Degree Overview: Bachelor of Science (B.S.) Degree in Biological SciencesMajors Overview April 19, 2014
Many areas of life science, including ecology, biochemistry, and microbiology, are examined in Biological Science bachelor’s degree programs. Students are able to customize the program with many pre-professional courses and specializations to fit their occupational and future education goals. Plenty of technical and entry-level jobs are offered to bachelor’s degree program graduates, but a career as a biological scientist requires a doctorate degree.
Bachelor of Science (B.S.) Degree Programs in Biological Sciences
Students enrolled in Biological Sciences Bachelor of Science (B.S.) degree programs are imparted knowledge in a wide range of biology-related subject areas, such as genetics, evolution, and cells and molecules. Many concentrations are available to students, for the purpose of providing a focused educational experience through various available concentrations, including human biotechnology, human biology, and molecular biology and microbiology.
Students can prepare for graduate programs by completing pre-professional programs in several areas, including Physical Therapy, Pharmacy, Forestry, Medicine, Optometry, and Dentistry. A comprehensive understanding and appreciation of the interconnectivity and diversity of different forms of life on our planet can be developed by those who successfully complete a bachelor’s degree program.
Students enrolled in a BS in Biological Sciences are required to complete 106-125 credit hours of coursework. Coursework combines physics, math, chemistry and biology courses, and may include additional general education classes in the humanities, history and English. Coursework may include subject areas such as:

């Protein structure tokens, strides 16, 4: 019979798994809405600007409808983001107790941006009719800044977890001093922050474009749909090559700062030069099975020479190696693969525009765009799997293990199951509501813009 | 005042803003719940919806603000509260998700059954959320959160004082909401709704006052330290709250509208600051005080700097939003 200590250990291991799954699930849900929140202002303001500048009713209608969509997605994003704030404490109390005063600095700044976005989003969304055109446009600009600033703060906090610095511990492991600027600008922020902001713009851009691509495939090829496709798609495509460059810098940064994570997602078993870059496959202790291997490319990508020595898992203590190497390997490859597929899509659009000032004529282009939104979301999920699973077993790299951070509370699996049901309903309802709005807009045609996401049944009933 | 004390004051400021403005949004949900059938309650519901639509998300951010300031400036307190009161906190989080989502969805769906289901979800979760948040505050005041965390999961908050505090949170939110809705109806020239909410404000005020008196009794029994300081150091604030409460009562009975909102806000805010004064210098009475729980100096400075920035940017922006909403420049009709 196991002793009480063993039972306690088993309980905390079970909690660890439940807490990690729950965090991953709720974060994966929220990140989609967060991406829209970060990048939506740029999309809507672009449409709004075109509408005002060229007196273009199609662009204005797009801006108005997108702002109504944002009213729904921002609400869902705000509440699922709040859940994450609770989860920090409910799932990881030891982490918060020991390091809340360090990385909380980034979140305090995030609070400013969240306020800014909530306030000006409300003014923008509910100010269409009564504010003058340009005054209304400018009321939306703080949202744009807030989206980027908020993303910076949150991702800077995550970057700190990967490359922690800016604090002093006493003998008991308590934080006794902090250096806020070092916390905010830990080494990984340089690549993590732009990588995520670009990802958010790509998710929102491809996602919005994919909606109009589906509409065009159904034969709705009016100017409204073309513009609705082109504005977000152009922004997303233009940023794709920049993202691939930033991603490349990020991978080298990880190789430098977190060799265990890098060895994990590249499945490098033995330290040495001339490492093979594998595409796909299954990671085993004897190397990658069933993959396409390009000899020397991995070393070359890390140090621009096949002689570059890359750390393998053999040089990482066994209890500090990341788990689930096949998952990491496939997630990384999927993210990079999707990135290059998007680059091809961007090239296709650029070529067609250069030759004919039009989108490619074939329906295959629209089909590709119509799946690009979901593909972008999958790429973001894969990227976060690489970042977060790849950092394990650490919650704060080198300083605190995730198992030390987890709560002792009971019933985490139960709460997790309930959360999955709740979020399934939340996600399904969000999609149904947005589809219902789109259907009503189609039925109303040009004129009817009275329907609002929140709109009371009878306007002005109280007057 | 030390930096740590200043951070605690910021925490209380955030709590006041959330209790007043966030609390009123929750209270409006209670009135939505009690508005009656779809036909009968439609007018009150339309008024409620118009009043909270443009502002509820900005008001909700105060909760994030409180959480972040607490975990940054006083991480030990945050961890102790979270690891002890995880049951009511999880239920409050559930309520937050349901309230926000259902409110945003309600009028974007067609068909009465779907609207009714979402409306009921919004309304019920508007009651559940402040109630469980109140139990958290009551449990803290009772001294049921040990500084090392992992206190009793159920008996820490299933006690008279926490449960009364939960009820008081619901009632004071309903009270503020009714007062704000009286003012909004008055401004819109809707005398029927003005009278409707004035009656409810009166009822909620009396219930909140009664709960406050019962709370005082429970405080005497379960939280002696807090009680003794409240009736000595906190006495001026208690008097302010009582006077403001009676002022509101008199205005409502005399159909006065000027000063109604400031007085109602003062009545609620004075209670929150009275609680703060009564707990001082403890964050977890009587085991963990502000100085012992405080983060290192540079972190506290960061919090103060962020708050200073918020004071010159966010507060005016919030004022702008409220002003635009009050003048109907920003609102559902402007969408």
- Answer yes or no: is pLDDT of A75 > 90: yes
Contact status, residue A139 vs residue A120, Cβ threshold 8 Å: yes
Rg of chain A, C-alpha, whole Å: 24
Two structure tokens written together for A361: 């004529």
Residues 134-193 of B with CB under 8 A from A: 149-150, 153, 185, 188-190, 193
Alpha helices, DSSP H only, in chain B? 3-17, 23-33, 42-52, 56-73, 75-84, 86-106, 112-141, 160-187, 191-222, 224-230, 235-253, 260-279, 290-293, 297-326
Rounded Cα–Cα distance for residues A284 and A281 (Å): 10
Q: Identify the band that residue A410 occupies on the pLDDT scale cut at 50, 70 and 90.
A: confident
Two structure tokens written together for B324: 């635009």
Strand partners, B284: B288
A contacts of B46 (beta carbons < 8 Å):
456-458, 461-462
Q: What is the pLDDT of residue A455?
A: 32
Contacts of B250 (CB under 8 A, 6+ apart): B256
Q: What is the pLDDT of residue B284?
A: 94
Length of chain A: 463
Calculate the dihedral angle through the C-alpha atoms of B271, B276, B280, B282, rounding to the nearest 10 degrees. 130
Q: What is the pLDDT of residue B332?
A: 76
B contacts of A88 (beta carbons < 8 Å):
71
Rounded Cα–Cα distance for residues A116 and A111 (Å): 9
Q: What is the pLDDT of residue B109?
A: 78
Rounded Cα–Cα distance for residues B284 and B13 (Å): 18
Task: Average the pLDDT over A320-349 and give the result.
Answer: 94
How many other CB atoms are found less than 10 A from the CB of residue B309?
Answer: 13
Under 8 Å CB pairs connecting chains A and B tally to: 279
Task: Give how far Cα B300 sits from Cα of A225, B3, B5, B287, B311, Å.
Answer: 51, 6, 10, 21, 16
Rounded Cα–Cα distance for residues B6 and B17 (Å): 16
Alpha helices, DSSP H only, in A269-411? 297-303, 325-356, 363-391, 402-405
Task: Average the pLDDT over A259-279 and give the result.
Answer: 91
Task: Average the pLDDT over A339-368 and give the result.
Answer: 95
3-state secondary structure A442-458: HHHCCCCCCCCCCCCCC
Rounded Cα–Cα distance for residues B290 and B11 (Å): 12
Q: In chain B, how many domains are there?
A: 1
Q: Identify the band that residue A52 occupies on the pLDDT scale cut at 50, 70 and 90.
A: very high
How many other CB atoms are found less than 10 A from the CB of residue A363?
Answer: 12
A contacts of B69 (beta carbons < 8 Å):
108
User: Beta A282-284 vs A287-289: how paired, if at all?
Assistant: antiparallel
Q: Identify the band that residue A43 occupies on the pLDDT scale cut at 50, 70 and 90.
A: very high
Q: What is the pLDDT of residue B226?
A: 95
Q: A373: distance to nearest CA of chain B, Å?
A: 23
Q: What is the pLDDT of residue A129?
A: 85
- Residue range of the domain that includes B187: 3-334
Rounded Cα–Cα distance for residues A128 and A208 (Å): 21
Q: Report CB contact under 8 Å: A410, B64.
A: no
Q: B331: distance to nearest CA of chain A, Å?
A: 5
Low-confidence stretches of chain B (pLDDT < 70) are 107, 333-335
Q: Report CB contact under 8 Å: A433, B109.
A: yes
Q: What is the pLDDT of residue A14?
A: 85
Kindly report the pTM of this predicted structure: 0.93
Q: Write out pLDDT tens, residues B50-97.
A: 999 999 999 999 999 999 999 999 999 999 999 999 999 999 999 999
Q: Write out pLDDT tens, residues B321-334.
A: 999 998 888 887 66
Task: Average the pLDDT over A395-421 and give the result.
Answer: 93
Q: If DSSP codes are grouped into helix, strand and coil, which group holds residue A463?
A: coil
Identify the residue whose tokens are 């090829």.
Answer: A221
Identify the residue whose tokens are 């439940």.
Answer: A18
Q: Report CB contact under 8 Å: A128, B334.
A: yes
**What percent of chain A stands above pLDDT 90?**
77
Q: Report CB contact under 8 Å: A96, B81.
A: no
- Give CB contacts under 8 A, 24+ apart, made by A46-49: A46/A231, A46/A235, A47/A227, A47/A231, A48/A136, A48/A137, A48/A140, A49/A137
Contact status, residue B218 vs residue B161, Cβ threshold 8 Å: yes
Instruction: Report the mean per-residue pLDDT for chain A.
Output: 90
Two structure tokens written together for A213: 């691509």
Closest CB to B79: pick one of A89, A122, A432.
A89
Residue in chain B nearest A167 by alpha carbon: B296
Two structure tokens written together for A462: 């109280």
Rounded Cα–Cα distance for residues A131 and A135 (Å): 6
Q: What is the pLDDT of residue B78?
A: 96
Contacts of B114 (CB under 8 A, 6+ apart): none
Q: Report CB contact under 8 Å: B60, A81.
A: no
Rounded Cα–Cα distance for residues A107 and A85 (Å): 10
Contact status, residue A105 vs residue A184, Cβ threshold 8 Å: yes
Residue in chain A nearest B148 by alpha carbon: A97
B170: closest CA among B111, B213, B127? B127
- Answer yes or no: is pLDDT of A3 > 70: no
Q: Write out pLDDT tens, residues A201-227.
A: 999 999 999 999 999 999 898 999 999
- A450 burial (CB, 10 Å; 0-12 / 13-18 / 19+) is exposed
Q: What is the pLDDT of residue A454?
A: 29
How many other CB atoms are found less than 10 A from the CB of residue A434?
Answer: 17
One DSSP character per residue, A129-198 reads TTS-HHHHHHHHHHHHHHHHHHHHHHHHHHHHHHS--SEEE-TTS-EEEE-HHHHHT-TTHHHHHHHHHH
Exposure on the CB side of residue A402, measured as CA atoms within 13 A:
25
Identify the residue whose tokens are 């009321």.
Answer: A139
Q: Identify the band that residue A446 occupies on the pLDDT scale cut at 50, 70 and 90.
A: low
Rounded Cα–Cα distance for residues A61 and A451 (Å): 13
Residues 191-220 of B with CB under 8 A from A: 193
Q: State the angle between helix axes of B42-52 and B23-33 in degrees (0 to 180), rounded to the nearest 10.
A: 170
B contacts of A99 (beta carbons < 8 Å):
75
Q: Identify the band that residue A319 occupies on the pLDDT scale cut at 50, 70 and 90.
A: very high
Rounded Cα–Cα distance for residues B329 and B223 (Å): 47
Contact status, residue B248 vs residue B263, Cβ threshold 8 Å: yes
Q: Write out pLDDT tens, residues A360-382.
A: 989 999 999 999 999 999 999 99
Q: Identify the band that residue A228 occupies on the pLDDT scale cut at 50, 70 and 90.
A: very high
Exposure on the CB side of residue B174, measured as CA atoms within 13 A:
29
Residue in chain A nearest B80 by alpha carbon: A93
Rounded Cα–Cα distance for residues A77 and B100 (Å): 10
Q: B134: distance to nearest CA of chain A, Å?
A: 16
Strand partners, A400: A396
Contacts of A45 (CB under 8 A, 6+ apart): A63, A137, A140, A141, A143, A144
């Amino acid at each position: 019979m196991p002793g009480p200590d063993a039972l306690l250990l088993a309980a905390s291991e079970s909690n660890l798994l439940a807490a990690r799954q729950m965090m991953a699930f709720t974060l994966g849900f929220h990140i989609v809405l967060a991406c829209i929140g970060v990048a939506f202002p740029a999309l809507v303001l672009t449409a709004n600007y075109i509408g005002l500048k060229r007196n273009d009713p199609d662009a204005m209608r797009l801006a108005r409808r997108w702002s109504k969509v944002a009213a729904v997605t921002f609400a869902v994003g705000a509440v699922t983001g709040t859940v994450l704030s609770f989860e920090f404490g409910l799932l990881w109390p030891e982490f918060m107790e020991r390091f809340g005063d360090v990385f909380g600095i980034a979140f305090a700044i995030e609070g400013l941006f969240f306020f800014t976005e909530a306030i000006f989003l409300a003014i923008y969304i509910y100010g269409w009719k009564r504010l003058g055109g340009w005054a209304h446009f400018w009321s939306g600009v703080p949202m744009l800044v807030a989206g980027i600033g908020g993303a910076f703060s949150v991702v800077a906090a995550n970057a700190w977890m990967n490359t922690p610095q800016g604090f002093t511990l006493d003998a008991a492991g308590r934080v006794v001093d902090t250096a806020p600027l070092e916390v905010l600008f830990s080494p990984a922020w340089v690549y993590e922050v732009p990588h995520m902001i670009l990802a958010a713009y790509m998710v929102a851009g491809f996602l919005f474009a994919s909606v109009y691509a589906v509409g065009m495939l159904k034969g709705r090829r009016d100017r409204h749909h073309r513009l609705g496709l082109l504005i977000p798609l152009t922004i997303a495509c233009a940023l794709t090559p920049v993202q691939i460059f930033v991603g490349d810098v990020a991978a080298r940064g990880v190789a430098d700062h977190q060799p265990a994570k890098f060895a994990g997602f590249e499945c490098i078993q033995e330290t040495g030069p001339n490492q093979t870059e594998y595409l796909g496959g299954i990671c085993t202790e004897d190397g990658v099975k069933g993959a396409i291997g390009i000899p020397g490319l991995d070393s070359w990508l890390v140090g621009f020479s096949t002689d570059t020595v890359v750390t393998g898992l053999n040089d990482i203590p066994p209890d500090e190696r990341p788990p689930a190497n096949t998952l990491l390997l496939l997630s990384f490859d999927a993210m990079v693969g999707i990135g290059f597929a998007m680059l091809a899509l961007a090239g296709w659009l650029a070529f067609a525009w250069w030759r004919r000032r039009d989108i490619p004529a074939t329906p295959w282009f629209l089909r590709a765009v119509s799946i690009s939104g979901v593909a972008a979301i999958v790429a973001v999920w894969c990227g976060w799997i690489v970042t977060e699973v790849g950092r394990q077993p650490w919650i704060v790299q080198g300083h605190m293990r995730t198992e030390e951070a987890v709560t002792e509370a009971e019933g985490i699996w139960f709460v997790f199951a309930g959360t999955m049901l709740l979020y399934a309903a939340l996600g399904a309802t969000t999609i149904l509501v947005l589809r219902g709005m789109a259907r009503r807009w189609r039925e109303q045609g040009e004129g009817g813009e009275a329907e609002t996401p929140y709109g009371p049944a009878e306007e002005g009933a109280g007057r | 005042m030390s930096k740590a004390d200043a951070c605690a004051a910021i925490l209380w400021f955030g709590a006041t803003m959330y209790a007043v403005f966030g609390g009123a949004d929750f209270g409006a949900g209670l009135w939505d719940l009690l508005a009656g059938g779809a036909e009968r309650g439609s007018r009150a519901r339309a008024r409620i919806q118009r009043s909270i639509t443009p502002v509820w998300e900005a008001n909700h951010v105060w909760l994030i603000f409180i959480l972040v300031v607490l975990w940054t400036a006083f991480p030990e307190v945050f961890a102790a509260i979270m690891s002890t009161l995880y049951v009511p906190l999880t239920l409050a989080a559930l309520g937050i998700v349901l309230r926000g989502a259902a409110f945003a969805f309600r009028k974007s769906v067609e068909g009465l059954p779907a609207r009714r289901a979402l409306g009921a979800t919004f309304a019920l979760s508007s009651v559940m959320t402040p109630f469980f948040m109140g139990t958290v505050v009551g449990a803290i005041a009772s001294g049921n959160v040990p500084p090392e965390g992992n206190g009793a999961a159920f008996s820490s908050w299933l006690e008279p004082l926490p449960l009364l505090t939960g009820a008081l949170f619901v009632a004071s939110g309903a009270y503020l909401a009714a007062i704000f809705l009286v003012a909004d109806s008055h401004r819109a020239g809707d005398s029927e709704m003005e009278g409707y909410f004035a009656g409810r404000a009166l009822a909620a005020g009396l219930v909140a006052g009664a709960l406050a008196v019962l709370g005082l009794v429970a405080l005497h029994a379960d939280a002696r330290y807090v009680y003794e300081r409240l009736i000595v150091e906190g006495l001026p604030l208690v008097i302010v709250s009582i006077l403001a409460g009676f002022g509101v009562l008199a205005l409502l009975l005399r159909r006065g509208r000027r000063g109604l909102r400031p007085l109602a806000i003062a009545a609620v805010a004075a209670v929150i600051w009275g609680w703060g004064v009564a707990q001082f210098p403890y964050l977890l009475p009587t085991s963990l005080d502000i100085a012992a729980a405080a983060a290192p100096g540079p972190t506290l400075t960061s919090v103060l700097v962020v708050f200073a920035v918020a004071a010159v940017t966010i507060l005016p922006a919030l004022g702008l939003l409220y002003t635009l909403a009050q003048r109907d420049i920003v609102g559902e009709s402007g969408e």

•Molecular biology and genetics
•Whole plant physiology
•Human anatomy and physiology
•Principles of microbiology
•Ecology, evolution and biodiversity
Graduates of the BS program in Biological Sciences enjoy broad employment options with different recruiters in biotechnology firms, food processing companies, zoos, museums, animal rescue centers, pharmaceutical companies, universities, hospitals, and State and Federal Government agencies. There is a demand for individuals with formal training in biology, in various industries including publishing, marketing and sales. Bachelor’s degree graduates can choose from specific career options such as:
•Medical laboratory technologist
•Secondary school biology teacher
Job and Wage Outlook
A job growth rate of 14% has been projected for biological technicians during the decade between 2010 and 2020 (The U.S. Bureau of Labor Statistics (BLS)). Corresponding projected growth rates are 15% for medical and clinical laboratory technicians, and 11% for medical and clinical laboratory technologists. During the same period, a below-average job growth rate of 7% has been projected for high school teachers. In May 2012, biological technicians earned an average annual wage of $39,750; during that year, clinical technicians took home $37,240, clinical technologists $57,580 and secondary school teachers $55,050.
Continuing Education Choices
An undergraduate degree in Biology can serve as a foundation for further education in a graduate program at a health-related school, such as dental, veterinary or medical. The baccalaureate study of Biology imparts a broad knowledge base that can be used to enroll into more focused and fine-tuned advanced degrees such as the above. Students who aspire to continue their biological education can pursue a graduate degree in Biological Sciences. Those aspiring to become teachers at the postsecondary level, or independent researchers or biological scientists would be best served by earning this type of advanced degree.